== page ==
A new study has looked at the damage that could be caused to dental restorations by acid. Although the restorations did show damage related to acidic attack, the damage is much less than that experienced by natural teeth in similar experiments.
Comparing Zirconia to Traditional Materials
As zirconia becomes the standard ceramic used in many cosmetic dentistry and reconstructive dentistry situations (such as for bruxers or in situations with significant bite force, such as molar teeth), it’s important to understand how well it stands up to challenges other than the bite forces it has been proven to withstand. It turns out that zirconia is not only stronger than other dental ceramics, such as lithium disilicates, it’s more resistant to attacks by acids.
To analyze the effects, researchers took samples of the materials and soaked them in a simulated gastric acid solution of 0.6 M hydrochloric acid for 96 hours.
They found that after the period of soaking in the acid, one zirconia sample had lost about 1.4% of its weight, but overall they had lost an average of 1% of their weight. The comparison lithium disilicate material had lost about three times as much, 3.05% of its weight.
Comparing Restorations to Tooth Enamel
So how do these restorations compare to your natural teeth in terms of acid resistance? Very well, in fact. We can use a study that soaked natural teeth in sodas for a comparison. In this study, newly extracted teeth were soaked in various sodas for 48 hours. It was found that many of the sodas, including Coke, Pepsi, RC Cola, Squirt, Surge, 7 Up, and Diet 7 Up reduced the weight of the teeth by over 5%.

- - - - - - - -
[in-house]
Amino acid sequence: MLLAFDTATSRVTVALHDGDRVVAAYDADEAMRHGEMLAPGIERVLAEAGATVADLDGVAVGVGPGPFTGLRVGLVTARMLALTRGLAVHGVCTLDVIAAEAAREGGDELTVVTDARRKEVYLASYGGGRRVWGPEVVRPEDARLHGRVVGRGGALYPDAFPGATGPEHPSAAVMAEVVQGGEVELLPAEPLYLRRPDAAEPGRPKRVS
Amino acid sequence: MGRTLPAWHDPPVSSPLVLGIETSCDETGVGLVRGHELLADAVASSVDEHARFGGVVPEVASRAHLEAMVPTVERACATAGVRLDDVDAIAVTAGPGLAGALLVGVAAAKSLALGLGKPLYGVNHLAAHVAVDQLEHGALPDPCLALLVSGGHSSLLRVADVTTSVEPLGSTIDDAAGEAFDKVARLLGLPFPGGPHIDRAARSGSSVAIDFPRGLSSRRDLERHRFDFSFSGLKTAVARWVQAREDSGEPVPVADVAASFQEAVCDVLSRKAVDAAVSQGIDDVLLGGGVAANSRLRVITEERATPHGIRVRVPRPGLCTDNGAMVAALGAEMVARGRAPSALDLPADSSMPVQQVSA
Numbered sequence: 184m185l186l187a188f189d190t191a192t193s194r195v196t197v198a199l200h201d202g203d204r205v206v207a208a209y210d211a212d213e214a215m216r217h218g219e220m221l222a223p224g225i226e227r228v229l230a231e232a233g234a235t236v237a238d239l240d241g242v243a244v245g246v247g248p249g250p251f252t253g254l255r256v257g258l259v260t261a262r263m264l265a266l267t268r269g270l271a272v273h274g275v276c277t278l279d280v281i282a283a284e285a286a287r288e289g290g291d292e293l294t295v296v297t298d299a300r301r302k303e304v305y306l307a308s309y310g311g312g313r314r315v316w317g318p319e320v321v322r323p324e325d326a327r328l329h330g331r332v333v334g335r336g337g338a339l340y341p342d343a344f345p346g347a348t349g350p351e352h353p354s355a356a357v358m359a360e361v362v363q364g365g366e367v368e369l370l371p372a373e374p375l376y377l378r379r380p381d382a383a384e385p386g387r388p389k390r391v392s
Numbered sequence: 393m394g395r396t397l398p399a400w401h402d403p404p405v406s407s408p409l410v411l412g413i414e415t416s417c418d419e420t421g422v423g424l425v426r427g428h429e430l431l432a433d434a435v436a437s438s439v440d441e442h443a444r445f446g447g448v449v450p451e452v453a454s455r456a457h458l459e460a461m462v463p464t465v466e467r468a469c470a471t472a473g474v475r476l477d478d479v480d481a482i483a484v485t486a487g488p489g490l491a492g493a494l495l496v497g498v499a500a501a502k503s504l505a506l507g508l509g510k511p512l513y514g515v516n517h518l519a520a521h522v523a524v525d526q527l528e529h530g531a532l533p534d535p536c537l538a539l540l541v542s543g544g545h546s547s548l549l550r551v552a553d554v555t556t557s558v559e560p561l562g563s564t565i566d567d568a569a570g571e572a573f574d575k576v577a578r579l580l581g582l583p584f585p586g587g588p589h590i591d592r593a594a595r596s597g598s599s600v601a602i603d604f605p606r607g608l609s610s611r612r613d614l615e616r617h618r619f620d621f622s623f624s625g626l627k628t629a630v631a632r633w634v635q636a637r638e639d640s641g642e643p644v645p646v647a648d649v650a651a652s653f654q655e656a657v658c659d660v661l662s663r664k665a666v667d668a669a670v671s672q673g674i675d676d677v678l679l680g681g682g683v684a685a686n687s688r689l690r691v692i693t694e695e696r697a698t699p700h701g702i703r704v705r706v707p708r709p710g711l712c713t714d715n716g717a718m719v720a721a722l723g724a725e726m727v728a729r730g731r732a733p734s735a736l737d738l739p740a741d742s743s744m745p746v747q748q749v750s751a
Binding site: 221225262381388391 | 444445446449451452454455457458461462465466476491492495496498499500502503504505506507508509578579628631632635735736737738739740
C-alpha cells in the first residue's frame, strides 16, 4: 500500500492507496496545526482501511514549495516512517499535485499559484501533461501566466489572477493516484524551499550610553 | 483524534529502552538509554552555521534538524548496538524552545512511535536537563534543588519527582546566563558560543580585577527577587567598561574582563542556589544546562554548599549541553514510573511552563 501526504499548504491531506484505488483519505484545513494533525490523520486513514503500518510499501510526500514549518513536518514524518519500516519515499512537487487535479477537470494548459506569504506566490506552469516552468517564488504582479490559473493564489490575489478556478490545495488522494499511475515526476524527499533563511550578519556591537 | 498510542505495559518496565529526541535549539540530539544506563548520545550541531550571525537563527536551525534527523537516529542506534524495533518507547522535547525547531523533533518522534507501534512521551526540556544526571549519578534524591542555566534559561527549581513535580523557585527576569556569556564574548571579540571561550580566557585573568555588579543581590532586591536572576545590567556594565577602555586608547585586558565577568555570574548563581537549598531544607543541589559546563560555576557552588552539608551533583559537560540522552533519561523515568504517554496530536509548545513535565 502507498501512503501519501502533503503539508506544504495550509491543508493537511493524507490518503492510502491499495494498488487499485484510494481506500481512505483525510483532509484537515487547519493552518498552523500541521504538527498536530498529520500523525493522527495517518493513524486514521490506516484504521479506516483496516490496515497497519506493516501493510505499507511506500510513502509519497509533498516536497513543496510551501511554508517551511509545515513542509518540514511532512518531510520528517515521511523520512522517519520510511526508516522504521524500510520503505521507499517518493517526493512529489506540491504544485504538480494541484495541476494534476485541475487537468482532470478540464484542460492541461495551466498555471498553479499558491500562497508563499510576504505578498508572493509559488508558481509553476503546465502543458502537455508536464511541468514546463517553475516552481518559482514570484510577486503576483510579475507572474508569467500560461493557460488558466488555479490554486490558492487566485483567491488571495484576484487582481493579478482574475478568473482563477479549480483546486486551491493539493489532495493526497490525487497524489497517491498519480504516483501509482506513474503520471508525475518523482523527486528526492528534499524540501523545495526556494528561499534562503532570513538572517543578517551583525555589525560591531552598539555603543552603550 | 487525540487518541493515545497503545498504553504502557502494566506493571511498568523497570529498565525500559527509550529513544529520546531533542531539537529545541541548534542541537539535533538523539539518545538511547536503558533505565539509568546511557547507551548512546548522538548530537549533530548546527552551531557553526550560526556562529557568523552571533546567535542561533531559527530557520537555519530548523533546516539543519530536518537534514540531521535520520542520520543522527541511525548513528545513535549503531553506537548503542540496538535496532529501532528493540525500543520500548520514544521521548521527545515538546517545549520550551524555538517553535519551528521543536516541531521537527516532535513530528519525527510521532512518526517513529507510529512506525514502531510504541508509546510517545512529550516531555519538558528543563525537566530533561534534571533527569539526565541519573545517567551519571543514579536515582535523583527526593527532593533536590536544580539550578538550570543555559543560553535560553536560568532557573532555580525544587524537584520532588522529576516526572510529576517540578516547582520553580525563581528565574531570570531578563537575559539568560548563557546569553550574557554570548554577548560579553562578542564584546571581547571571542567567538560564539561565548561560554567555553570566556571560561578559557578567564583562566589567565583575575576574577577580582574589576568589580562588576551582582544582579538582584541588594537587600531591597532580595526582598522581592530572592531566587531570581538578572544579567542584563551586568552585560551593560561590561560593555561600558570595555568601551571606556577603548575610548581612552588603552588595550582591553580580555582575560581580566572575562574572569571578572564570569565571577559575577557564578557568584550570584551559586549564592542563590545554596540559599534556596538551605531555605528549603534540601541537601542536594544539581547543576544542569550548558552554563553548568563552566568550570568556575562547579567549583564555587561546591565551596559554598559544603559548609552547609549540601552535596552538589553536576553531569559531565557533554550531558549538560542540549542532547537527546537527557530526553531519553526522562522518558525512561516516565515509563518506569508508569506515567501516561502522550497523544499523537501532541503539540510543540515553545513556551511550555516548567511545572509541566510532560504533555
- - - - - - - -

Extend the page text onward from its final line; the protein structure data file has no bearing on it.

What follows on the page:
At first, it might seem like it’s not that much of a difference between the 3% weight loss in lithium disilicate and natural enamel, but you have to remember that the experiments used different conditions. First, the restorations were soaked in acid for twice as long (96 hours vs 48 hours). And they were soaked in a much stronger acid. While sodas have a pH of 2.38 or more, the pH of the gastric acid solution was 0.22. Since each pH point represents an increase of ten times in the strength of an acid, the gastric solution was about 150 times stronger than the sodas. In other words, the restorations were exposed to about 300 times more acid than the natural teeth. So, even though the restorations showed some damage in the experiments, it’s unlikely that most causes of tooth erosion, including drinking soda or exposing your teeth to stomach acid through gastroesophageal reflux disease, would cause noticeable damage to your restorations.
With our CEREC system, we can make dental crowns in both these and other materials. To learn more about the durability modern dental restorations, please call (619) 299-5925 for an appointment with a San Diego cosmetic dentist at Strober Dental.